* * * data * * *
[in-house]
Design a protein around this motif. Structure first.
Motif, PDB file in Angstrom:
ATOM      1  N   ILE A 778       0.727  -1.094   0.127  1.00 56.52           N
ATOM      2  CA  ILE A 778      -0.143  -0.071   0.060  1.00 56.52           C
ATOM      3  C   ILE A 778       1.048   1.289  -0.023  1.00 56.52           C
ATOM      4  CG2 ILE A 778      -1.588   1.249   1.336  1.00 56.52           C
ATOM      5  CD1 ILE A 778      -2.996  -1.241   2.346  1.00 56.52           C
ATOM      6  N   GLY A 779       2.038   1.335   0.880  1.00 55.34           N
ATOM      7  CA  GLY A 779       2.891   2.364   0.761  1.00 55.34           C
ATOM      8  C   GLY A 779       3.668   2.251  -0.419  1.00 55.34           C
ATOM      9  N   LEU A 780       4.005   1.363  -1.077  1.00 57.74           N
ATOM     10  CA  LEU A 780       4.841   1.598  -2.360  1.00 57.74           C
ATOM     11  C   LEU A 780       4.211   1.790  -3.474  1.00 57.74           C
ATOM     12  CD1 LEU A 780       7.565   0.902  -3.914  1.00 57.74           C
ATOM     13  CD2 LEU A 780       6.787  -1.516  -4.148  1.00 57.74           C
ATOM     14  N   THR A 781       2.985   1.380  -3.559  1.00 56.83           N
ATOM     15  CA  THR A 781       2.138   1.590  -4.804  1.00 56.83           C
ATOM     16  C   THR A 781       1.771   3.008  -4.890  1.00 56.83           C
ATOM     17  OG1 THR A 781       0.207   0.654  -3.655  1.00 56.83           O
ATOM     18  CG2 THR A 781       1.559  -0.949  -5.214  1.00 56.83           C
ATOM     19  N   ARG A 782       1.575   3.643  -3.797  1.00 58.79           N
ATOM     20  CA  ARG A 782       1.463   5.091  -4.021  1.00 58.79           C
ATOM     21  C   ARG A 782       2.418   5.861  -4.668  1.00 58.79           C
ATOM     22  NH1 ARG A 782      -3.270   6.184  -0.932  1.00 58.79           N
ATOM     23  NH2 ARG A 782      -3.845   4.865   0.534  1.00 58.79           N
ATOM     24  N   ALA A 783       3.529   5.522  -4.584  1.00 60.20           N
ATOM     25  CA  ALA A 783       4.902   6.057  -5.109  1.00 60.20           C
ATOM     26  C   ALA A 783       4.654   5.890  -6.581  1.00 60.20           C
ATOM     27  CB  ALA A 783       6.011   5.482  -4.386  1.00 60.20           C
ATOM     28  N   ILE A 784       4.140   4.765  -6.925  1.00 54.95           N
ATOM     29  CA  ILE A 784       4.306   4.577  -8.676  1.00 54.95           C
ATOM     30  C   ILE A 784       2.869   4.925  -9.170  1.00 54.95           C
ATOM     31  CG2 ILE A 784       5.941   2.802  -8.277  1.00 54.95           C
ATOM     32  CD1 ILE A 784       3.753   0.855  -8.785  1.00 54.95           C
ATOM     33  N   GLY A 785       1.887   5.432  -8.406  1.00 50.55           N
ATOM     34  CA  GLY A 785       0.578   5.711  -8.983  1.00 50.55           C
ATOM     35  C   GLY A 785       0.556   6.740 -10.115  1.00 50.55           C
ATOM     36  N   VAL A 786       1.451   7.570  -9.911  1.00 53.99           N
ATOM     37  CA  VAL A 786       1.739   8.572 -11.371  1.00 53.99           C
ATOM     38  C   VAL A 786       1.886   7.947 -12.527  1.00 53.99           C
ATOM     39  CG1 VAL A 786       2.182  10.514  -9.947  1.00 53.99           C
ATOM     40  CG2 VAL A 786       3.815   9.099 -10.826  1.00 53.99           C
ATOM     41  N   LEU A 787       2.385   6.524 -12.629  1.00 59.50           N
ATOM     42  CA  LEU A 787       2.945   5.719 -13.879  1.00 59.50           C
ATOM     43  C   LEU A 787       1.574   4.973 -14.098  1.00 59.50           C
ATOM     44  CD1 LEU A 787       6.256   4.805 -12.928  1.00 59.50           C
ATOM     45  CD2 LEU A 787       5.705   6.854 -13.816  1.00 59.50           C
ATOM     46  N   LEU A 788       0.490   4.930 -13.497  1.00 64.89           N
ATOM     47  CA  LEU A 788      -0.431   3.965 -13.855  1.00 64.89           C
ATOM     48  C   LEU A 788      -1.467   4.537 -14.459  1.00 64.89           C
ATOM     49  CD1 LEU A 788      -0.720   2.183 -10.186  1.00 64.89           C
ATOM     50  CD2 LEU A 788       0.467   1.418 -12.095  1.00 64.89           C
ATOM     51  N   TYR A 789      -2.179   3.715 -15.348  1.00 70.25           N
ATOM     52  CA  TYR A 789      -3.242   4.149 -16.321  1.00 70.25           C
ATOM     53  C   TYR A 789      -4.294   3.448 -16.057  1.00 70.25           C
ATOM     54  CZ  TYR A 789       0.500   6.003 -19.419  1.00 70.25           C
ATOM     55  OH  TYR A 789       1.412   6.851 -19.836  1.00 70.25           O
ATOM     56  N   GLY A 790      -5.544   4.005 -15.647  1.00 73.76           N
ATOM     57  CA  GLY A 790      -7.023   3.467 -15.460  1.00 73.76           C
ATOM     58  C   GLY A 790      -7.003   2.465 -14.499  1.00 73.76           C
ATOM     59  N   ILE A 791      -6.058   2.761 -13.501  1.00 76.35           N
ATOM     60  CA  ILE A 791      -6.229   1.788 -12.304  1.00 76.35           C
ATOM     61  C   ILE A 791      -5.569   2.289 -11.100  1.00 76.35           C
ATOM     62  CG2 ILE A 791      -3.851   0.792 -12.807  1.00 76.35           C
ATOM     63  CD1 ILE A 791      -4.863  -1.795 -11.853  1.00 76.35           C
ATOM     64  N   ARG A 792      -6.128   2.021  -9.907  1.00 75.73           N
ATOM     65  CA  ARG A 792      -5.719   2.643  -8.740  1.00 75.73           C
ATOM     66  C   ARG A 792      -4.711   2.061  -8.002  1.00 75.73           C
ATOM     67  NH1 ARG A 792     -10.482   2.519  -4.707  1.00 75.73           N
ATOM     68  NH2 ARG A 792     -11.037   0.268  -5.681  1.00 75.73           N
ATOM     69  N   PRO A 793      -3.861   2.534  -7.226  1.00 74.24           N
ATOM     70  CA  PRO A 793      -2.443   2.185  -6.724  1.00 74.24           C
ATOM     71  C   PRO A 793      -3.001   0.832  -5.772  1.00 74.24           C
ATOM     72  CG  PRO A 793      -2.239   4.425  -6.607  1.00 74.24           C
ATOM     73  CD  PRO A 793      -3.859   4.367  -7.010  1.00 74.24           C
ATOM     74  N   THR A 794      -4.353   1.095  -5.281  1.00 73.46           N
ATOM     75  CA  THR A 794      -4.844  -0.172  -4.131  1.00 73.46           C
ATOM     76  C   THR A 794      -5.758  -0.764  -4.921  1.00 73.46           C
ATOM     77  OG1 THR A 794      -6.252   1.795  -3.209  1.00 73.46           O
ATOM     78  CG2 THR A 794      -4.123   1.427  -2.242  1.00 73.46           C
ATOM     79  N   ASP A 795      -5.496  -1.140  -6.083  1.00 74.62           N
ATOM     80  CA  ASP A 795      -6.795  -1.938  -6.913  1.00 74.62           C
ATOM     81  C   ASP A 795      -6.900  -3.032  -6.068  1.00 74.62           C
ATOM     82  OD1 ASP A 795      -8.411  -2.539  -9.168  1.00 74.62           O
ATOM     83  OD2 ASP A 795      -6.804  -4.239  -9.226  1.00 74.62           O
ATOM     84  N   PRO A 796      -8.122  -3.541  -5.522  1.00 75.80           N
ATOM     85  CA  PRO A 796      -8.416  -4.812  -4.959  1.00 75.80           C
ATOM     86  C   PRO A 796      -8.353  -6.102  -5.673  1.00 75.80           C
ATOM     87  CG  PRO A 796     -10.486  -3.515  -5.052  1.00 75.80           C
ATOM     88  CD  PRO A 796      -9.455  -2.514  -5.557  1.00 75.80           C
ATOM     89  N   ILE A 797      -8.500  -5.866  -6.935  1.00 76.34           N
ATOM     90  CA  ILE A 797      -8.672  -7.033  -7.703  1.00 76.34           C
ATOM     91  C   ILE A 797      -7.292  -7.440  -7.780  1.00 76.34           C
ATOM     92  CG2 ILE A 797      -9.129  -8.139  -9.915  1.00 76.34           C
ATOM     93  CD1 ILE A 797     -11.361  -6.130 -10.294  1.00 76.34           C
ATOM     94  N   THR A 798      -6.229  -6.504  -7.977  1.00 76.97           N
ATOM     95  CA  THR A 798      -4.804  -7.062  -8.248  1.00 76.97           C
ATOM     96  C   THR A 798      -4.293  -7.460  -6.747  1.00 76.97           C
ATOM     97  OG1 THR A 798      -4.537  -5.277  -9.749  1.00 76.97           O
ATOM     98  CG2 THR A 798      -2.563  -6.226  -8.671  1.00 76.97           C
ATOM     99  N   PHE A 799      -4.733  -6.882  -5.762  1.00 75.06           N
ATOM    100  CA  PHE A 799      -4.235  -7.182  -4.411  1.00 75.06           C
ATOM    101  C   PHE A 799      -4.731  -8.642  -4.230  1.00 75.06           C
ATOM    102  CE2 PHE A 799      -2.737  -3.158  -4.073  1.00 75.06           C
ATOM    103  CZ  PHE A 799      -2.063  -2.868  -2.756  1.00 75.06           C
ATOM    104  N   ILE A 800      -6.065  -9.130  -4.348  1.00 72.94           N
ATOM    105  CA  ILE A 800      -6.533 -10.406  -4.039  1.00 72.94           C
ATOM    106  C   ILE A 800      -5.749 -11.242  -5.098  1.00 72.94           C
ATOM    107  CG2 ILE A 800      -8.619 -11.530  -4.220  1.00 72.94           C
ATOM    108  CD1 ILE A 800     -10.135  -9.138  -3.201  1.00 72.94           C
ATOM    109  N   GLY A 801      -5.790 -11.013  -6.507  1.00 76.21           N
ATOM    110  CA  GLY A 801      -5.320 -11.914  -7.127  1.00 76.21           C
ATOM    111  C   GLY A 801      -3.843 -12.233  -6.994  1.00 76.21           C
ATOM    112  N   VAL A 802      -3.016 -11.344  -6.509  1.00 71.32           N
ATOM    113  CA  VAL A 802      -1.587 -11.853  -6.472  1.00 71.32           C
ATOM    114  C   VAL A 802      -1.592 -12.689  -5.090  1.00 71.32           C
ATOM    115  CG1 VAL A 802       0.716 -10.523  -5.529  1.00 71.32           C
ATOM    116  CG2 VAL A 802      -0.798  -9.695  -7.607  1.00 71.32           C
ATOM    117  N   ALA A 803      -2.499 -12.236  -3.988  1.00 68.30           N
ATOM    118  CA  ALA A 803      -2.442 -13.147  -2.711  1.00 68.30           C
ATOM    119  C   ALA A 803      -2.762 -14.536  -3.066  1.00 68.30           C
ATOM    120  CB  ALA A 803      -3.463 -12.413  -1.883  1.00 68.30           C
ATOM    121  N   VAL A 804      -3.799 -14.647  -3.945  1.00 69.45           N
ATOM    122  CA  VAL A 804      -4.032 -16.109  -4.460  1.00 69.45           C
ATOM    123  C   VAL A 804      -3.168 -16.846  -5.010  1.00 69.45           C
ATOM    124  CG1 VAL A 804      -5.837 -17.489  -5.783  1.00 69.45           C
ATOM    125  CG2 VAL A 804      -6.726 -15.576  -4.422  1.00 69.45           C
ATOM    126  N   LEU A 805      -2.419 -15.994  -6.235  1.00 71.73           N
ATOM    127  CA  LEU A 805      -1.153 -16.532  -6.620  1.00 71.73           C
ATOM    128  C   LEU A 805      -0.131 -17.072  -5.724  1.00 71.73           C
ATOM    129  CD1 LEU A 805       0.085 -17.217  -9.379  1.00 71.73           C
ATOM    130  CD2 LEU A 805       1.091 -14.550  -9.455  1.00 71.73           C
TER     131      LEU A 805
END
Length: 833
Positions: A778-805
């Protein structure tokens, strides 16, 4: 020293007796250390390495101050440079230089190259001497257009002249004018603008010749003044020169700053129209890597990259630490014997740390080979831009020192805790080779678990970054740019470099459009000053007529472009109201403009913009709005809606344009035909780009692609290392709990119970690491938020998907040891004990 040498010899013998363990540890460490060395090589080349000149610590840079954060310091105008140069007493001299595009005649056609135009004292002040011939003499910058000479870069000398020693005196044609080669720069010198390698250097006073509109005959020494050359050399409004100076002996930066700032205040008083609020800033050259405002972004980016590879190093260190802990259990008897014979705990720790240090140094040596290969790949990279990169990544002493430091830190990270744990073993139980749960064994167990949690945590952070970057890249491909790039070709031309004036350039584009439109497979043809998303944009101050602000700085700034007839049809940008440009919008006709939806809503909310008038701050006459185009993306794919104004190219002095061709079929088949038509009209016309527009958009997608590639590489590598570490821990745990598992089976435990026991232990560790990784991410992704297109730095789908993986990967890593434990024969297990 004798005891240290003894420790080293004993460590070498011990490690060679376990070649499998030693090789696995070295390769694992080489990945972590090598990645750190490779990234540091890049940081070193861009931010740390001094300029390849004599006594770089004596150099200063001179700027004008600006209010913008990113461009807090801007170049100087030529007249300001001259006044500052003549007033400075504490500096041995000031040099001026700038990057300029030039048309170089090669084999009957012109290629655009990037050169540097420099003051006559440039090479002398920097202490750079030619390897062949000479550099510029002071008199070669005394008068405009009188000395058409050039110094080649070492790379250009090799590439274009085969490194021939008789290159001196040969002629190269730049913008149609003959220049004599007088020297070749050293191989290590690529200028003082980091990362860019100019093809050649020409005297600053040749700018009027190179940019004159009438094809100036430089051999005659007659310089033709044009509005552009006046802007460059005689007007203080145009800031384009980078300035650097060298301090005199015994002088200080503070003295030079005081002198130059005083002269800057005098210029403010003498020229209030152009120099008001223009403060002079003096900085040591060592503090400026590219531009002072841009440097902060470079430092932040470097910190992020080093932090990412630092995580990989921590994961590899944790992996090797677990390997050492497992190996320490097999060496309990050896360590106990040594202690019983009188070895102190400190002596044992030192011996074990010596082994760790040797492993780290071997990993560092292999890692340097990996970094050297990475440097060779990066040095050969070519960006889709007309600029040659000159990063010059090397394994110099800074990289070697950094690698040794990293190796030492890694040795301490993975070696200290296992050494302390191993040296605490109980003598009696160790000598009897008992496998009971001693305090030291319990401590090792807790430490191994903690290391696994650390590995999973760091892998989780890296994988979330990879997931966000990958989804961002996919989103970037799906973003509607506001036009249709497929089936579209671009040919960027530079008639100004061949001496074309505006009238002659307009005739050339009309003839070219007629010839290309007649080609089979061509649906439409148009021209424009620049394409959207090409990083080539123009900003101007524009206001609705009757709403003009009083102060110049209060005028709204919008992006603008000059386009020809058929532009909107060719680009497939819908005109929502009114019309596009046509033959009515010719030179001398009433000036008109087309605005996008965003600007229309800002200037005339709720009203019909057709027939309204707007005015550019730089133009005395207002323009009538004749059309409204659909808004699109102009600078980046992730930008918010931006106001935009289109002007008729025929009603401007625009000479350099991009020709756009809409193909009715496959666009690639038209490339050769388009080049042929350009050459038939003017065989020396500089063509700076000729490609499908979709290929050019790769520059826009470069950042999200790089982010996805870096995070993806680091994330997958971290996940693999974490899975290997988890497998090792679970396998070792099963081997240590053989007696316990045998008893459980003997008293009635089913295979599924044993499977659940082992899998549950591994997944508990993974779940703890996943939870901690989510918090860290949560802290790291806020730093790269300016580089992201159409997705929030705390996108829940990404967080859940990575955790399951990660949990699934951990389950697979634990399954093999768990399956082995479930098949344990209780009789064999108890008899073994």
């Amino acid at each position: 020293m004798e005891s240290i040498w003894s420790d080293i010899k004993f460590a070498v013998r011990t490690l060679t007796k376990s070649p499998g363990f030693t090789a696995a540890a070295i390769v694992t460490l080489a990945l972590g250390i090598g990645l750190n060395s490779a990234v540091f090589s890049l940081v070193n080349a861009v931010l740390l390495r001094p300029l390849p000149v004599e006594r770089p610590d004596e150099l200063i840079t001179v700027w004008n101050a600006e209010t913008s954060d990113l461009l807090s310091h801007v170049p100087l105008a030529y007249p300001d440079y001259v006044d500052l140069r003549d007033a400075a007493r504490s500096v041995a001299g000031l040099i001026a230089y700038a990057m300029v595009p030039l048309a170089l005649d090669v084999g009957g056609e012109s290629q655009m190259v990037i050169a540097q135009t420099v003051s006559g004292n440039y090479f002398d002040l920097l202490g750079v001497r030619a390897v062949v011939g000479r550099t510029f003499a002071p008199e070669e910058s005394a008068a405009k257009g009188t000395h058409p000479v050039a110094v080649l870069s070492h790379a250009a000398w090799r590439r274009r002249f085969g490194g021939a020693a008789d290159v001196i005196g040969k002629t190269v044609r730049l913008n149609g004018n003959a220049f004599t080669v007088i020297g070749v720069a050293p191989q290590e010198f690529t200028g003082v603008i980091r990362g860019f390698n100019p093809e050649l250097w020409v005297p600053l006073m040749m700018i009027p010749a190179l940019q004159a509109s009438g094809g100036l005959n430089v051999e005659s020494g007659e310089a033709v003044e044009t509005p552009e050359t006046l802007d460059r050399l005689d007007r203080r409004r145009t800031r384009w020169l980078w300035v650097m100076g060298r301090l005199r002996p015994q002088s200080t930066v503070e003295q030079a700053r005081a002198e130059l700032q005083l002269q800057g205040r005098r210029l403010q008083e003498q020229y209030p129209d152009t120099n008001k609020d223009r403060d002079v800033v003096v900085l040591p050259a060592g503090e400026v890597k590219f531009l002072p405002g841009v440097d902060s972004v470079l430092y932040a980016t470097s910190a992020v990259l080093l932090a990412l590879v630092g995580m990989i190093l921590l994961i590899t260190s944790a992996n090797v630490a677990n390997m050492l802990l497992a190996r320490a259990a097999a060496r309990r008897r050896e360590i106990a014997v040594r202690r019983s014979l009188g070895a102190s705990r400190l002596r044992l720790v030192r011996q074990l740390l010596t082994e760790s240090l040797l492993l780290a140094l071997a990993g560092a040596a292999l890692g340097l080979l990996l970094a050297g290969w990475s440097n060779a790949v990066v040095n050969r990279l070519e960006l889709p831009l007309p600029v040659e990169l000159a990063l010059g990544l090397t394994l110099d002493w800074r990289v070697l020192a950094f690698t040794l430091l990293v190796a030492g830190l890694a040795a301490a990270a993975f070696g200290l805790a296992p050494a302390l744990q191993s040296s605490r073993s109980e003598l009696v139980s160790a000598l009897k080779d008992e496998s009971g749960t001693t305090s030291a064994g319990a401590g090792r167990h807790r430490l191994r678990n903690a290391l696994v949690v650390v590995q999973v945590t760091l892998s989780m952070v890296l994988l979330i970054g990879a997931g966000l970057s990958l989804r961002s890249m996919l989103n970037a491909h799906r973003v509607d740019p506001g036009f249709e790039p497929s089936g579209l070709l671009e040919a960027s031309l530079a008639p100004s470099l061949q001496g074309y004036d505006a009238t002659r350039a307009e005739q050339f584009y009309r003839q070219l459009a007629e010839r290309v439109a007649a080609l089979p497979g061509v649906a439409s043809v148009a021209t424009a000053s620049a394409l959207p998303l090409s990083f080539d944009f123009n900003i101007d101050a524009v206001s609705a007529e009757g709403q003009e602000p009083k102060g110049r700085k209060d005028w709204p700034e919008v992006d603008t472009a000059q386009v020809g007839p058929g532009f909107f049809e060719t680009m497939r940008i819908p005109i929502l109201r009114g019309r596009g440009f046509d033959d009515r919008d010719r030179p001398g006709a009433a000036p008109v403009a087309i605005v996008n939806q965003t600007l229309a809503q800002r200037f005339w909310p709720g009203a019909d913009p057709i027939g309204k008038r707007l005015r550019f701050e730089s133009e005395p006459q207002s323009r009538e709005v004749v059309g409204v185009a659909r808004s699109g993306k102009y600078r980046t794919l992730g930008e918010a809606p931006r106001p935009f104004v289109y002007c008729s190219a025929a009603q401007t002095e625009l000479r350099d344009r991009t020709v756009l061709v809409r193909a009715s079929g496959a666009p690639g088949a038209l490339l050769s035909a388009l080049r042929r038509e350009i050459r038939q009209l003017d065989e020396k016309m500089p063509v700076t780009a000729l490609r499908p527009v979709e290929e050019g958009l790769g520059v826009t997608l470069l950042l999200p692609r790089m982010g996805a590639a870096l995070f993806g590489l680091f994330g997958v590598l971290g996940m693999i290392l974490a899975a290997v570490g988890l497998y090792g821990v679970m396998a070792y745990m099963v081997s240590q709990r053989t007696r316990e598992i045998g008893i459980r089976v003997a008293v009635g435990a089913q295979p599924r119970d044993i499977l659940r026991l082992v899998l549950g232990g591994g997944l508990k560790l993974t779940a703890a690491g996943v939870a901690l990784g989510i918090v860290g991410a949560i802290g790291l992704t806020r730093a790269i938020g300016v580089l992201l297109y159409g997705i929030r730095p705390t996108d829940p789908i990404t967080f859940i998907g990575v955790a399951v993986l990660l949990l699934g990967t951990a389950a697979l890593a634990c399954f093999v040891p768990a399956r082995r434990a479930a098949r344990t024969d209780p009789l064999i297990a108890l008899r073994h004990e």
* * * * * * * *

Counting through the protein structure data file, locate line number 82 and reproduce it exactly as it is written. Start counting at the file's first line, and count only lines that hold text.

ATOM     79  N   ASP A 795      -5.496  -1.140  -6.083  1.00 74.62           N